Exercise and stretching go hand in hand together – and a great routine strategically encompasses both for optimal muscle health. In order for muscles to function properly, they need to be strong and flexible. Regular stretching is a great way to improve muscle flexibility. Plus, it is easy to add in a few moves to your existing routine to reap the benefits of a good stretch!
Benefits of Stretching
Stretching improves muscle flexibility, which can help increase joint range of motion. Improving joint range of motion can help you perform activities like climbing stairs, sitting in a chair, and even walking! Your joints need to be free to move throughout a functional range for these activities to occur. Additionally, improving your range of motion can boost your performance in sports and other forms of exercise. Promoting muscle flexibility with stretching can also reduce your risk of injuries and enable your muscles to perform their specific actions with efficiency. A healthy muscle is both strong and flexible.
What happens when a muscle is stretched?
While the exact physiological response of muscles to stretching is not completely understood and often debated in current literature, we do have a general consensus on a few concepts. Muscles are made up of individual fibers, and within these fibers are structures called sarcomeres. The sarcomere is the most basic unit that facilitates contraction of the muscle, and when a muscle is stretched, these units are also stretched which in turn allows for elongation of the muscle fiber. While some muscle fibers may stretch, others may stay at rest. It is not confirmed in the literature whether or not stretching causes sustained lengthening of a muscle.
There is also a neurological component to muscle stretching. Within each muscle, there are receptors that interpret how much stretch is placed on the tissue at a given time. These receptors help ensure proper muscle tone and prevent injury through complex reflex and response mechanisms.
Additionally, when a muscle is stretched this information is conveyed to the nervous system and can have a relaxing effect on the muscle and body. This is why stretching is often used to reduce muscle tone and promote nervous system relaxation.
Types of Stretching
Dynamic stretching involves stretching a muscle during controlled movements. When performing dynamic stretching, you should begin moving the joint and stretching the muscle through a partial range of motion, progressively increasing the range as you continue. Dynamic stretching is best before an activity and is used to warm up the body, preparing it for certain movements. It can also help promote motor control and restore dynamic function. It is important to note that dynamic stretching utilizes controlled movements, and not rapid or jerky movements that quickly force a muscle to stretch or bring a joint past its normal range of motion in that manner.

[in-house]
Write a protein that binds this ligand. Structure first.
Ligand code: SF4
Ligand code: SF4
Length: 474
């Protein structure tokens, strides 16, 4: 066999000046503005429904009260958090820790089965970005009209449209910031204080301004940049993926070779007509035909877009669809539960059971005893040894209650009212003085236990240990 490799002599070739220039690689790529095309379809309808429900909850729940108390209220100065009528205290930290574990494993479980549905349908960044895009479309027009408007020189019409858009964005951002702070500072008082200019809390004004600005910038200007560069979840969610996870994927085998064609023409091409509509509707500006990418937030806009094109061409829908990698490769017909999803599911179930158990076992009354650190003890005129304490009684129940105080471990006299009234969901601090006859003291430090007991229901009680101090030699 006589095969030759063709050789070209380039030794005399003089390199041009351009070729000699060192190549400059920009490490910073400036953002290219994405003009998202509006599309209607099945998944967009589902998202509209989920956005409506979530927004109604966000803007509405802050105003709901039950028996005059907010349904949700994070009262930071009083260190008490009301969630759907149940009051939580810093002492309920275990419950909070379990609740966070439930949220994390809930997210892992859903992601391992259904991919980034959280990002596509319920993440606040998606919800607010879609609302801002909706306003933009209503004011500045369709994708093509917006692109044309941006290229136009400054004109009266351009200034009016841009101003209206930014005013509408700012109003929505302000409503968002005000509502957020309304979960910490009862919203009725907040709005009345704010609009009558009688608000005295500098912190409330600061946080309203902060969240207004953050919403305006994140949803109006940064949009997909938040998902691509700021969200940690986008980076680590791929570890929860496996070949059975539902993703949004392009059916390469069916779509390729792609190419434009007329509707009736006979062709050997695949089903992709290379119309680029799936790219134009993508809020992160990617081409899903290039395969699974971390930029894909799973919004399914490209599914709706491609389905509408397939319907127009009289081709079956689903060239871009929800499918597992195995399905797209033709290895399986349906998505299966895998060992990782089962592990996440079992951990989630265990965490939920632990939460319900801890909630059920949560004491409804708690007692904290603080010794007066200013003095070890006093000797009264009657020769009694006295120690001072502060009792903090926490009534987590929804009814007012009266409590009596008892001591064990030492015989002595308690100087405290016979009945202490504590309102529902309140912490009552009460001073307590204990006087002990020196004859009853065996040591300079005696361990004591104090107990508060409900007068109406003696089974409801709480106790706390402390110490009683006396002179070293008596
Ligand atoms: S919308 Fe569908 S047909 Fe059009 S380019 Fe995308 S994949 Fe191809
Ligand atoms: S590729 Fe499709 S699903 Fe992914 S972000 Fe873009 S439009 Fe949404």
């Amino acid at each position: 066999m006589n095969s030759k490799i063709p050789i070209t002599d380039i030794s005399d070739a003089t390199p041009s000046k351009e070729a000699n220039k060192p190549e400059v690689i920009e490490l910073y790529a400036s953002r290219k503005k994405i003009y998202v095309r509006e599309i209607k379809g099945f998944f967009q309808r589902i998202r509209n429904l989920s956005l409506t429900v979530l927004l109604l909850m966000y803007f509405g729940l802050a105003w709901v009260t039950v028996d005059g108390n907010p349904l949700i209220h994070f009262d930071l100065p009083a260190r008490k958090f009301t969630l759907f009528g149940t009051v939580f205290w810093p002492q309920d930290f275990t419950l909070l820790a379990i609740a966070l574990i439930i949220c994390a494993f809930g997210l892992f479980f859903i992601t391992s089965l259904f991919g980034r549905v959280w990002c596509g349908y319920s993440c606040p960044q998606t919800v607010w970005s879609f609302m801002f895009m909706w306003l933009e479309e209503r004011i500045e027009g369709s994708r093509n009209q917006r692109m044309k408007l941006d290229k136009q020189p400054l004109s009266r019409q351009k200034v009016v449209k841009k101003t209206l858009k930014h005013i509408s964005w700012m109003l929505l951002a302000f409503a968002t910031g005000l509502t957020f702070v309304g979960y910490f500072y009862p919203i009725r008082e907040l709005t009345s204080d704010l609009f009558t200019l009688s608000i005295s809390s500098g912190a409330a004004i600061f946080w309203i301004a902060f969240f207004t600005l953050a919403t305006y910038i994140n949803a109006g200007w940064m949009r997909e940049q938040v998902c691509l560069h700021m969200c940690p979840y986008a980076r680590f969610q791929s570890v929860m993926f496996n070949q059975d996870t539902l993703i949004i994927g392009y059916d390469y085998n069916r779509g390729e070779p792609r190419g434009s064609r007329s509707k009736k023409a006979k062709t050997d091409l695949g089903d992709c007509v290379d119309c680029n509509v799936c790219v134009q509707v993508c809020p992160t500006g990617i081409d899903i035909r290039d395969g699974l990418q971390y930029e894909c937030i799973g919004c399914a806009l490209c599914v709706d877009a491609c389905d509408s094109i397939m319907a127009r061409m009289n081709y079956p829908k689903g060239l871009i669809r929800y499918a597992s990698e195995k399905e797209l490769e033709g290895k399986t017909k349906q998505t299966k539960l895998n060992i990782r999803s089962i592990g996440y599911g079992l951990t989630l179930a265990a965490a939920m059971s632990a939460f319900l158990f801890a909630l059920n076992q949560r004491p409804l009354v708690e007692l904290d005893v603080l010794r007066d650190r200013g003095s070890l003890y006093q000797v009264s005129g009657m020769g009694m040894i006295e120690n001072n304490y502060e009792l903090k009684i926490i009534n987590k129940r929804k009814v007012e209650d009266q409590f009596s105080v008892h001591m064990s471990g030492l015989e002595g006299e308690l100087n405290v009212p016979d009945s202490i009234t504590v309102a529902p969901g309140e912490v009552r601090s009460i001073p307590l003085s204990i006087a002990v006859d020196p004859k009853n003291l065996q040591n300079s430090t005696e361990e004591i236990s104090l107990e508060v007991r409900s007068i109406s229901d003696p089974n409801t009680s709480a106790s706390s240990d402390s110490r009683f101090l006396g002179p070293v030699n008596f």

Static stretching is the prolonged hold of a muscle in the lengthened position without additional movement. Typically static stretches are held for 30-90 second increments and are thought to promote muscle relaxation, postural awareness, and even body alignment in various positions. Static stretching is typically recommended after exercise, particularly once the muscle has already been warmed up to some extent.
Proprioceptive Neuromuscular Facilitation (PNF) Stretching
There are multiple PNF stretching techniques, but they all incorporate muscle contraction in combination with stretching the muscle to its limit to trigger a reflexive response. While the exact mechanisms of PNF stretching are complex and debated, it is the general consensus that the facilitation of specific muscle contractions and application of prolonged stretch results in neural inhibition that allows the muscles to relax and achieve a deeper stretch. PNF stretching is often used in physical therapy with various patient populations as it can help facilitate improved range of motion as well as muscle flexibility and neuromuscular control.
As with exercise, there are some essential stretching safety tips to keep in mind.
Never stretch a “cold” muscle.
It’s best to stretch a muscle after physical activity to prevent injury and even improve performance.
Avoid stretching into pain.
A stretch should feel effective (noticeable tension), but comfortable. There should never be sharp, shooting pain or extreme discomfort.
Stretch both sides of your body.
When possible, it’s great to target both sides of your body with stretches. Keep in mind it is perfectly normal for one side to feel more flexible than the other, but it’s important to give both sides some attention!
Make stretching a habit.
The best way to see the benefits of stretching is to make it a part of your routine.
Consult with a professional.
If you have suffered an injury, have had recent surgery, or just don’t know where to start when it comes to stretching, consult a physical therapist! Download the OneStep app today to be connected with a licensed physical therapist who can create the ultimate strength and flexibility program customized just for you.